Why Delaying Divorce Because of Student Loan Debt Can be CostlyStudent loan borrowers are more likely to delay their divorce. Of the people we surveyed, 35% of respondents with student loan debt had delayed the proceedings because of cost, while only 24% of people without student loans did so. But delaying a divorce can come with its own costs. “People’s whole situations can change,” said Harrison. “There are a lot of different factors that come into place. Things may change financially for you where things get worse, and if you had gotten some assistance, you could have gotten a divorce when you wanted it.” To avoid this problem from the get-go, Harrison recommended getting a prenuptial agreement. “The easiest time to get someone to agree with something is when you’re in love,” she said. Here are some other potential issues that could come up:
- New and appreciated assets: Any assets that you accumulate before you file for divorce could still be considered marital property.
- Spousal support: If you’re going to be on the hook for spousal support, the amount and duration of your monetary support are partially based on the length of your marriage.
- Emotional costs: Nobody wins in a divorce, and delaying the end of a tumultuous relationship can be hard on you and your spouse. If children are involved, delaying the inevitable can also be hard on them.
- Moving on: Waiting to get divorced can make it difficult to move on. In fact, if you start a new relationship or move out before filing for divorce, that decision could be used against you, especially if it comes to a custody battle.
How Student Loans Can Lead to DivorceMore than a third of student loan borrowers claim that debt and other money factors contributed to their divorce, whereas only 23% of divorcees with no student loans claim the same reasons. In fact, 13% of divorcees blame student loans specifically for ending their marriage. Harrison sees how student loans could make other problems worse, but she doesn’t see them as the primary reason for someone wanting to leave a marriage. “Usually there’s some relationship stuff that’s going on, and then on top of that, they start to complain about the debt,” she said. “I don’t think [student loan debt] would be the driving factor, but it’s definitely a secondary factor.” That said, money problems of any kind can make for a rough marriage, and if you have oppressive student loan debt, the financial pressure can become unbearable. Large debt balances and monthly payments can make it difficult to buy a home, save for retirement, or make it from paycheck to paycheck. And since it’s virtually impossible to get student loan debt discharged in a bankruptcy, you’re stuck with it whether or not you can afford it. This feeling of being trapped can exacerbate all the other issues you encounter in marriage, money-related or not. Another survey we did about student loans and relationships found other ways student loan debt can harm a marriage. For example:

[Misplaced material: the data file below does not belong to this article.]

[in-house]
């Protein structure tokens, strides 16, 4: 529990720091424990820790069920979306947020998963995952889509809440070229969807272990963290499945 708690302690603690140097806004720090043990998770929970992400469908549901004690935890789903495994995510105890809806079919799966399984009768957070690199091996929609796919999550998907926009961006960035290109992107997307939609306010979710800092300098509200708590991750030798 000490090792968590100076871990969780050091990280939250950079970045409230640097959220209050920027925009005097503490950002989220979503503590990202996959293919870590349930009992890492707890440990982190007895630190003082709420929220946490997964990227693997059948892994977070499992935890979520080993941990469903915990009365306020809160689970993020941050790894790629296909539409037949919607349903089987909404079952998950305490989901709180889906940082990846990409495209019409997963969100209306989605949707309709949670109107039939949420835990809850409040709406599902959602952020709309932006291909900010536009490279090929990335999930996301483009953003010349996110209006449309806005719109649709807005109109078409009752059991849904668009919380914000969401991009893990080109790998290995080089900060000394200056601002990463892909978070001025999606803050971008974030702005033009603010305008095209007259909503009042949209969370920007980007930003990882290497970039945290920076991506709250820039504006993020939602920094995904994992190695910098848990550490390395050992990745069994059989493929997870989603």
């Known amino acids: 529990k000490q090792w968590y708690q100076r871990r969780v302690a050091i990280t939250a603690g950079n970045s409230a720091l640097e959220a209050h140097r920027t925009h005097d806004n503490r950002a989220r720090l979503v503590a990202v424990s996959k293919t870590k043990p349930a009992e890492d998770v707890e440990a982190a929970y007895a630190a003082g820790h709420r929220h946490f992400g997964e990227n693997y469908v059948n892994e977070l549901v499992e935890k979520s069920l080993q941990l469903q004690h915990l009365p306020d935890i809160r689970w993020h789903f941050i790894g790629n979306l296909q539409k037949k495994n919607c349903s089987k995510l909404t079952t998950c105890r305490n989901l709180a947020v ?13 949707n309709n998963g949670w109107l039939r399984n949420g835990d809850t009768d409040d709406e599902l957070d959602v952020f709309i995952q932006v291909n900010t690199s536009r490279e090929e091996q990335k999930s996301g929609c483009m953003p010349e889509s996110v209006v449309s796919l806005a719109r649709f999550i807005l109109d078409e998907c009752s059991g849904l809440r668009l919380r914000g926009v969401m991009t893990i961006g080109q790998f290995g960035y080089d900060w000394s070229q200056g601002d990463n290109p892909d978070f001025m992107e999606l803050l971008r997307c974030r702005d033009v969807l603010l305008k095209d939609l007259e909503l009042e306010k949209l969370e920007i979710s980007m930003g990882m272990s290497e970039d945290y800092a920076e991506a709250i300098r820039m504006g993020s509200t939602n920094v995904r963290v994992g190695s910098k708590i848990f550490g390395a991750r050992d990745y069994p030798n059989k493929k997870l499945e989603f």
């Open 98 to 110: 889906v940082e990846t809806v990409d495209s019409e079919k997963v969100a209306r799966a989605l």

- Thirty-six percent of student loan borrowers report having lied to a partner about money.
- Roughly a third of respondents claimed a decreased sex drive because of their student loans.
- Many student loan borrowers have delayed big relationship steps because of their debt, including starting a family and taking their first romantic getaway.
Ben Luthi is a contributor to Student Loan Hero who writes about credit cards, insurance, student loans, and other personal finance topics. His work has appeared in publications like USA Today, The Christian Science Monitor, Success Magazine, Time Money, and more. www.studentloanhero.com/author/benluthi